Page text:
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Courts seek more money for salaries

ST. PAUL — Minnesota judges for years told the public that justice delayed is justice denied, and budget cuts delay justice.

Budget struggles eased two years ago and now court officials seek a budget bump to raise judges and staff members’ pay.

“Our priority last (legislative budget) session was to stop the bleeding,” Chief Justice Lorie Gildea said in an interview.

“So this session, our priority is our people,” she added. “We need all the people we have in order to steer this ship.”

Court workers received one-time raises last year, but no permanent pay increases have come their way for almost five years.

The budget proposed by the courts, and backed by Gov. Mark Dayton, would give staffers 3 percent pay raises each of the next two years. Judges would get 4 percent raises each year, with some of that going to a pension fund.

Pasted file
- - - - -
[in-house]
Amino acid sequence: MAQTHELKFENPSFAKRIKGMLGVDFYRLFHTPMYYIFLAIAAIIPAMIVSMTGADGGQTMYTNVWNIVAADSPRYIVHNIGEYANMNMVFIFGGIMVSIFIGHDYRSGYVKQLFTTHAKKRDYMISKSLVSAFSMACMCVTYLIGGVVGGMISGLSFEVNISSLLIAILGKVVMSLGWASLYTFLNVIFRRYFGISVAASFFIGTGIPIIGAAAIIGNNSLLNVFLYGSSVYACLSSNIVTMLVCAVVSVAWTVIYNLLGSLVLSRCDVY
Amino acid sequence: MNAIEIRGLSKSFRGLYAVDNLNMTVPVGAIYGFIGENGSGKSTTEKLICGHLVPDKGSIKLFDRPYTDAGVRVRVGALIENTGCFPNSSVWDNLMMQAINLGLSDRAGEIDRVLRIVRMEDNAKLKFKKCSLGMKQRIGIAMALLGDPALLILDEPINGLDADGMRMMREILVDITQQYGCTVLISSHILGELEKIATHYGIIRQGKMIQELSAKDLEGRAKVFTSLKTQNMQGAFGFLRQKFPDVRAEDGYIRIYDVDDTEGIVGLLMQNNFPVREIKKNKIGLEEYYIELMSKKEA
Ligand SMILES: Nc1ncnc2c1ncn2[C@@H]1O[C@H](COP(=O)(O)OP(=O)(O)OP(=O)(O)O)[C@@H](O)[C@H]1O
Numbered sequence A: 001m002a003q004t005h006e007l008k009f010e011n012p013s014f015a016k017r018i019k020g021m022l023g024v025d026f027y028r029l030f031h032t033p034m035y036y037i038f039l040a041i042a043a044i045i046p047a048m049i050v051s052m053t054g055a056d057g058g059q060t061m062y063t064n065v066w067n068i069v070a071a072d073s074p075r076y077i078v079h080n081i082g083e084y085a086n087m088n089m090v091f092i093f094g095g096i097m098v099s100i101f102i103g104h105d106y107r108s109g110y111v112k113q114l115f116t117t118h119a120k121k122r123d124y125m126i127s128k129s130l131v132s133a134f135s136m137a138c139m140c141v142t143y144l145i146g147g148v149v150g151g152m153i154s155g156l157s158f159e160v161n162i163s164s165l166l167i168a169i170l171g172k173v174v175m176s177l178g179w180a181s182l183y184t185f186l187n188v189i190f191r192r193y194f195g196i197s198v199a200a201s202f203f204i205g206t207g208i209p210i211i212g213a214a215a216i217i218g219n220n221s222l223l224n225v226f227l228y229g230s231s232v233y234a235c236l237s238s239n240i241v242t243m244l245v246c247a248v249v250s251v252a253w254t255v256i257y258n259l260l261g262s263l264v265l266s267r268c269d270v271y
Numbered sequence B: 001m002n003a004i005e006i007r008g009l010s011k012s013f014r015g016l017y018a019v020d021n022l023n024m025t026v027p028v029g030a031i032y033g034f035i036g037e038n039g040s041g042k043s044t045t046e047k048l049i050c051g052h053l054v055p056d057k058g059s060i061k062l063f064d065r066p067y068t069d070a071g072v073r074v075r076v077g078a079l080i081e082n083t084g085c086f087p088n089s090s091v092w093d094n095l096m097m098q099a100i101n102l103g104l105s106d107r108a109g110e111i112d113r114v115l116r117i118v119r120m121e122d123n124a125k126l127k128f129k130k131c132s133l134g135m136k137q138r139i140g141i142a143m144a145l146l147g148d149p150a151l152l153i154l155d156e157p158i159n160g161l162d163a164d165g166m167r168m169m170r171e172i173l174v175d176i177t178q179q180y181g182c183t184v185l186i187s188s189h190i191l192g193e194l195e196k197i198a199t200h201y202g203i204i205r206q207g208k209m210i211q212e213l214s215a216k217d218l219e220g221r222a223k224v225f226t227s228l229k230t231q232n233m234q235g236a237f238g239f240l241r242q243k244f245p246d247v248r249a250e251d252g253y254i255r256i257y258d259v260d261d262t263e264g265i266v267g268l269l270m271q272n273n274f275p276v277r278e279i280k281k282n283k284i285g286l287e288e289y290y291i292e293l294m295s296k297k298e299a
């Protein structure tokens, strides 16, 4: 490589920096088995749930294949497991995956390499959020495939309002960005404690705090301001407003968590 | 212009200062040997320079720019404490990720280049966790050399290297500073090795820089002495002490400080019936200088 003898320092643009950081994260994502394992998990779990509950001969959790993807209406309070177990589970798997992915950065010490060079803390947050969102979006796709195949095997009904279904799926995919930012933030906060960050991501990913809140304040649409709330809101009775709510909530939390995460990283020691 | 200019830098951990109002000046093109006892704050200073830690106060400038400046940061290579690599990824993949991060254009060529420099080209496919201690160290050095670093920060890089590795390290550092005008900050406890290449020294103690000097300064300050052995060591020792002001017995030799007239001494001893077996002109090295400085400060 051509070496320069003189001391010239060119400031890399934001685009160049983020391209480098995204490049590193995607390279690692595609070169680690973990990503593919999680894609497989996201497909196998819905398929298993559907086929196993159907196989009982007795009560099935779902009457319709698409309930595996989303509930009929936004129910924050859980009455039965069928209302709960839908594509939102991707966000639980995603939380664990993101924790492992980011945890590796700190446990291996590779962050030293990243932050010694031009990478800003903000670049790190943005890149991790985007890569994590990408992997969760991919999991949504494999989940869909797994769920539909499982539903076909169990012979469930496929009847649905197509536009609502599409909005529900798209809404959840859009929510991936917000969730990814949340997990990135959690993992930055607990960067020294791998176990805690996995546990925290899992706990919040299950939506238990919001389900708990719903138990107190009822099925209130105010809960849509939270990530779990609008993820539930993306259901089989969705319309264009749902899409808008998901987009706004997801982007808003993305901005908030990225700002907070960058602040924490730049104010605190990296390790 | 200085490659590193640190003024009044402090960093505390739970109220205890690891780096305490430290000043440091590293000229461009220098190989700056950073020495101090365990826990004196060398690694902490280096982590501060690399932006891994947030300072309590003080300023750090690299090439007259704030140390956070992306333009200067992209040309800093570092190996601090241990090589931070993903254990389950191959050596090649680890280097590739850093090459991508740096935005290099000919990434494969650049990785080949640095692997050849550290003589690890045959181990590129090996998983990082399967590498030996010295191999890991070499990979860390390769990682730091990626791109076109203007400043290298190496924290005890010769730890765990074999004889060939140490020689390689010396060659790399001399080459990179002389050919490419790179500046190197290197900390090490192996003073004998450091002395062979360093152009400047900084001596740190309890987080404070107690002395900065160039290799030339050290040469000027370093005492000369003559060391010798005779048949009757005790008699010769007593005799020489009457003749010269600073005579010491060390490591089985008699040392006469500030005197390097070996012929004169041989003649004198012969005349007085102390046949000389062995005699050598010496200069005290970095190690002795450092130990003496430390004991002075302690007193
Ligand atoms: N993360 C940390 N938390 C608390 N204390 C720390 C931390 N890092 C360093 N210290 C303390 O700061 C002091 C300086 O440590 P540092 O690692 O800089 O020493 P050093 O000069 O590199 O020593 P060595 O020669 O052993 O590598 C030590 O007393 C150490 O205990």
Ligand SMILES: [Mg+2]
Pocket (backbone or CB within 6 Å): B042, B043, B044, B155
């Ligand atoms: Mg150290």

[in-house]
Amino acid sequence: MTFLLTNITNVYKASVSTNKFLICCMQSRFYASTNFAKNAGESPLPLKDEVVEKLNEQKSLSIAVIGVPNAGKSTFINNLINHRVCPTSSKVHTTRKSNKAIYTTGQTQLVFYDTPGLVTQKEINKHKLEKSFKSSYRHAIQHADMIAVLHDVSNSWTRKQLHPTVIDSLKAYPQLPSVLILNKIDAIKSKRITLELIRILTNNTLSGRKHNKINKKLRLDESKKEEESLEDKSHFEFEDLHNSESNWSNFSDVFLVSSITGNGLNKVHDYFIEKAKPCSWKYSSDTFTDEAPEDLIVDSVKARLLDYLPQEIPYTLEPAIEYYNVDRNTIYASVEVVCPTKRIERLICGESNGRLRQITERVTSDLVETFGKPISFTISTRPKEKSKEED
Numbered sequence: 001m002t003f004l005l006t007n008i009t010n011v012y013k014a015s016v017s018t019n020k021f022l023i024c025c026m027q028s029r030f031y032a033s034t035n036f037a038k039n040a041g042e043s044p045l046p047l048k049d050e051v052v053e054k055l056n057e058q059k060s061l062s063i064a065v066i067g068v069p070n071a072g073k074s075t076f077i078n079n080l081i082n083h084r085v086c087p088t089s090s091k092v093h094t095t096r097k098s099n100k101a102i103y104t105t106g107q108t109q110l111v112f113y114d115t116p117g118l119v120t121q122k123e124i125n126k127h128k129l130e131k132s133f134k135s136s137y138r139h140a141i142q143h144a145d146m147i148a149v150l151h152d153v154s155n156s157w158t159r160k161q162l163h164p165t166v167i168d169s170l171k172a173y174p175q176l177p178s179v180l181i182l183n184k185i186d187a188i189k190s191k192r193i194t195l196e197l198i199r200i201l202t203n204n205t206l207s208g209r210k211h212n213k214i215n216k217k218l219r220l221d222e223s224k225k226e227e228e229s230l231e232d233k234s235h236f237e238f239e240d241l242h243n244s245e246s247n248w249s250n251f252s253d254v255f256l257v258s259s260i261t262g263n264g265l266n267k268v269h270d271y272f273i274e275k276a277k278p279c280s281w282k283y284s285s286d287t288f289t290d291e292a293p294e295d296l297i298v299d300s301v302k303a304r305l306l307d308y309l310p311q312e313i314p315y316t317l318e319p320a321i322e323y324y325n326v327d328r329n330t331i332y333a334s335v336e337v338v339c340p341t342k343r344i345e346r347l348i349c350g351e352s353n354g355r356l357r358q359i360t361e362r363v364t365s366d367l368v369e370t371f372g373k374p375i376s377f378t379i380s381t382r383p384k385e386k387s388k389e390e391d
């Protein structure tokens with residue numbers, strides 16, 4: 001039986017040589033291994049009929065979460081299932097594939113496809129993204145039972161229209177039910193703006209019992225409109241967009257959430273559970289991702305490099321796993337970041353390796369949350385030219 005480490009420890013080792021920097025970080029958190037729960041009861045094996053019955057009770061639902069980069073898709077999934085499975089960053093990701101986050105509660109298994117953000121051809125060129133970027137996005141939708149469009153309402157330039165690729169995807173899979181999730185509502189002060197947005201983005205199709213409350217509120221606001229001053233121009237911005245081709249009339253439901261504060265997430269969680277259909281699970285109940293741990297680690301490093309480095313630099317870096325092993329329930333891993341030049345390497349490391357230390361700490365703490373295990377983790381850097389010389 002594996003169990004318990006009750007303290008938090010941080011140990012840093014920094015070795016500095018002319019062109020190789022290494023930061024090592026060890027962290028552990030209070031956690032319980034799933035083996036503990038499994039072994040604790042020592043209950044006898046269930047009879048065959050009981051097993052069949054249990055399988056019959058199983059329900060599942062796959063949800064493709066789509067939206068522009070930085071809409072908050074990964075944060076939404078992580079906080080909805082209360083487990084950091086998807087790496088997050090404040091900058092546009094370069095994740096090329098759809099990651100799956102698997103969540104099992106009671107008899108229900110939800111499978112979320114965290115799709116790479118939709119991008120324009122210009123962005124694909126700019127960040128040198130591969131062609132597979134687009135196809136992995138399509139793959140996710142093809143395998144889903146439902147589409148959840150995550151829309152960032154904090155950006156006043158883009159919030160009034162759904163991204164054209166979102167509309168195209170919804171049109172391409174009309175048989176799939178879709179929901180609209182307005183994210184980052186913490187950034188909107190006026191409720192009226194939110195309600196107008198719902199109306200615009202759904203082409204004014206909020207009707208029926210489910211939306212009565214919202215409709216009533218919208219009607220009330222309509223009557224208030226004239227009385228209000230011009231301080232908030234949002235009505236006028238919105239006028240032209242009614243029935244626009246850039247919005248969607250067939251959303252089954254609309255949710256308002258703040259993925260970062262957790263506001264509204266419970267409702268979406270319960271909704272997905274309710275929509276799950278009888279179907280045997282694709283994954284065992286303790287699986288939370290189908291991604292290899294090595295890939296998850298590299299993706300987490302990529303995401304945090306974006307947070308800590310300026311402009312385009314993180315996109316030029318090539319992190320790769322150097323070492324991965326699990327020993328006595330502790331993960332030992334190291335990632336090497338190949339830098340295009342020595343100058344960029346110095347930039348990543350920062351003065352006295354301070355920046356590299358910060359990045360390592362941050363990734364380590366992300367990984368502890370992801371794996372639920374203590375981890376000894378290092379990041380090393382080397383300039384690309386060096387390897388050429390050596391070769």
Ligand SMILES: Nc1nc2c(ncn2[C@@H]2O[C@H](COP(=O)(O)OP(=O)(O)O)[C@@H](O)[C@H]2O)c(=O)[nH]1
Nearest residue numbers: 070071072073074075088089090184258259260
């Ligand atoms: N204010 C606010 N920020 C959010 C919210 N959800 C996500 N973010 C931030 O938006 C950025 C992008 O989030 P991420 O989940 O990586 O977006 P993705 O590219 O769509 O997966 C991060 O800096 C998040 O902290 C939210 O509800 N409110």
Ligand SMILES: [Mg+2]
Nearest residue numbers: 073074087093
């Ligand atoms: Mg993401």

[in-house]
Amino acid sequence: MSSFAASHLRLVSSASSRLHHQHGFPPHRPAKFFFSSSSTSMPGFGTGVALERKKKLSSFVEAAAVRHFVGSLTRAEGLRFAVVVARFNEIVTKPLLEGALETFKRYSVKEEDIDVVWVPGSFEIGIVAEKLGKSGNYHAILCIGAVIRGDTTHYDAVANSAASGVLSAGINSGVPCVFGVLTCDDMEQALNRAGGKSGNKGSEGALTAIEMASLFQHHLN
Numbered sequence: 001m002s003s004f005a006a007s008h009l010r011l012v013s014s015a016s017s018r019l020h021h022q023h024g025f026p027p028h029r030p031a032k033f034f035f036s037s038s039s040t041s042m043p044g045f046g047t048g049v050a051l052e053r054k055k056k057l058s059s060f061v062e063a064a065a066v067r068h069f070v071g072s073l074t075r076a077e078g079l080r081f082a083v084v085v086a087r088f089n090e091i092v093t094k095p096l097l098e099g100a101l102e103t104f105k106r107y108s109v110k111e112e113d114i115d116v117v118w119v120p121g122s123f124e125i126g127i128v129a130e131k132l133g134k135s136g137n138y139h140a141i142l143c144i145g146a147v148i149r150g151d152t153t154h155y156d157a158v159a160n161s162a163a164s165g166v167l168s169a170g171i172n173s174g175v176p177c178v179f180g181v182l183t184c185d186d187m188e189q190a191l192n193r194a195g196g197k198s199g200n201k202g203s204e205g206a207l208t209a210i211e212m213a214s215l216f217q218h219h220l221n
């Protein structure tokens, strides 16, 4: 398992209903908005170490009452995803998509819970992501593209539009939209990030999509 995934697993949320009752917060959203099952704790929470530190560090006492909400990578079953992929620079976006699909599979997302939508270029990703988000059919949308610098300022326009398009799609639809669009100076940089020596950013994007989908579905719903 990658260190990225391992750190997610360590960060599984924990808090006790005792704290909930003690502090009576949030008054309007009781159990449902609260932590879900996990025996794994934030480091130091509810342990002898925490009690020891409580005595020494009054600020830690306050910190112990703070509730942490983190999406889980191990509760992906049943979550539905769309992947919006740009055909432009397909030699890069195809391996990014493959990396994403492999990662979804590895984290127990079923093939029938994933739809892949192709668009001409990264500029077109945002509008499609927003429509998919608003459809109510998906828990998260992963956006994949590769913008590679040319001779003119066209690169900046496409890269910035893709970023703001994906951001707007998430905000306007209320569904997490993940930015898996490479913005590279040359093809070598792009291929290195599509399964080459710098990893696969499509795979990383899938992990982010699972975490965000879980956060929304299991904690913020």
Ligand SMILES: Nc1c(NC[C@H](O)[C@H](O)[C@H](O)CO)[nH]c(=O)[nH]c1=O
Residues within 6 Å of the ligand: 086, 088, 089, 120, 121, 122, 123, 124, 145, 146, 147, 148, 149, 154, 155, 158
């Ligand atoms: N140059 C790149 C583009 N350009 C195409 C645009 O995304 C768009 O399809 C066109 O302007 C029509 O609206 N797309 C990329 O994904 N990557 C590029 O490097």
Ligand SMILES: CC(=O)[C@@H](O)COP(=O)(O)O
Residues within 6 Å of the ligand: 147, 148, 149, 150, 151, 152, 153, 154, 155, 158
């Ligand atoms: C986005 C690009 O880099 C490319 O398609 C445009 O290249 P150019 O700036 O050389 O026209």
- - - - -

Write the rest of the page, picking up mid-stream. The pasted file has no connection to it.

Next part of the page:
The proposal for district courts around the state calls for spending $502.8 million for the two years beginning July 1, an increase of $32.5 million.

The Supreme Court budget proposal would spend $87.2 million in the next two years, up $4 million from the current budget cycle. The Appeals Court budget, meanwhile, would rise $1.3 million to $21.7 million.

Legislative committees are considering court spending as part of an overall $38 billion, two-year budget they must pass by May 20.

Early legislative discussion produced a disagreement about whether judges should get more money.

“We would be better off having more judges,” Sen. Julianne Ortman, R-Chanhassen, said in a recent Senate Judiciary Finance Division hearing. “That would be a better use of our money.”

Don Davis
Don Davis has been the Forum Communications Minnesota Capitol Bureau chief since 2001, covering state government and politics for two dozen newspapers in the state. Don also blogs at Capital Chatter on Areavoices.